Team members were gathered in the pediatric intensive care unit at SSM Cardinal Glennon in the early-morning hours on March 29, prepared to honor Linda Fecenko, RN, as the winner of the Daisy Award for exceptional nurses. But the guest of honor was not making her way toward the break room, despite having reached the end of her shift.
“This is exactly why she’s the winner,” one of the nurses said with a laugh. “She’s too busy taking care of her patients to come get this award.”
Fecenko was honored as SSM Cardinal Glennon Children Medical Center’s first winner of the Daisy Award, which recognizes exceptional nurses who push themselves beyond the expected to care for their patients. Fecenko has worked as a nurse at Cardinal Glennon for 22 years.
“We are so excited to present our first award to Linda,” said Jeannie Mollohan, executive director of Nursing. “She does such a wonderful job for our patients at Glennon, and we are so proud that she’s a member of our team.”
As Fecenko was honored, it was apparent how much it means to Glennon team members to celebrate their nurses: Tears of happiness and pride were a common sight at the short ceremony. Recognizing nurses means a lot to the Daisy Foundation as well.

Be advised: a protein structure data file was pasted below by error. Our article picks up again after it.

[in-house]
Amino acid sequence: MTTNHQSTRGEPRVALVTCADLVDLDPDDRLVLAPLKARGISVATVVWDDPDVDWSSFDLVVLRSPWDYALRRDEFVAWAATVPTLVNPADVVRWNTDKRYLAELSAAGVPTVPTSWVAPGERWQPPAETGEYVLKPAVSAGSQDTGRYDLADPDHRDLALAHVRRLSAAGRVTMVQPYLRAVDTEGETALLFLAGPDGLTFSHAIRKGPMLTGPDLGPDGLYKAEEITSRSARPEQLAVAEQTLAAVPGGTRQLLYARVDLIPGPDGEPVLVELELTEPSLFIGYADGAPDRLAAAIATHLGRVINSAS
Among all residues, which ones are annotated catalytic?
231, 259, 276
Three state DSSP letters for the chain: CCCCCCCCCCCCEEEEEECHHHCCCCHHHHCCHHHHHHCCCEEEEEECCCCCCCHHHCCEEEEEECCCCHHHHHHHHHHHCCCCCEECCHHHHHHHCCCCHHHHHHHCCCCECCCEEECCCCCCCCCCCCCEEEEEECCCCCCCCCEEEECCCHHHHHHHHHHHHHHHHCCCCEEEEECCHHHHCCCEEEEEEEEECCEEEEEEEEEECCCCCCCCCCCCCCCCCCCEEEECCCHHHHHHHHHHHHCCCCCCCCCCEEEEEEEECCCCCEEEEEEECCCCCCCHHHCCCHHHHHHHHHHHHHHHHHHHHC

The Daisy (Diseases Attacking the Immune System) Foundation was established in January 2000 by the family of J. Patrick Barnes. Barnes, 33, died of complications from Idiopathic Thrombocytopenic Purpura (ITP). His family was so touched by the compassionate and exceptional care provided by his nurses that they made nurses the cornerstone of their philanthropic foundation.
Nurses are honored for the monthly Daisy Award by Glennon patients, families and co-workers. A mother nominated Fecenko for the first-rate care her child received while staying in the PICU recently.
“Linda’s expertise and knowledge helped whisk our son through recovery in the PICU,” the mom wrote. “After they removed my son’s breathing tube, he was anxious and scared. Linda watched movies with him and relaxed his mind for the road ahead.
“Linda communicated with us constantly and was very personable. The thing I loved most about Linda is how effortlessly she did her job. It was easy leaving the PICU at night knowing Linda was on duty. Linda was such a blessing to us.”
Fecenko was grateful and humbled at the awards ceremony, saying: “My team all deserves this as much as I do.”
As winner of the Daisy Award, Fecenko received a certificate, Daisy Award pin and hand-carved sculpture titled “A Healer’s Touch.” The entire unit was treated to Cinnabons. A banner announcing the Daisy Award will reside in the PICU for a month, until next month’s winner is selected.
Daisy Award nomination forms can be found in the cafeteria or at nursing units across the hospital.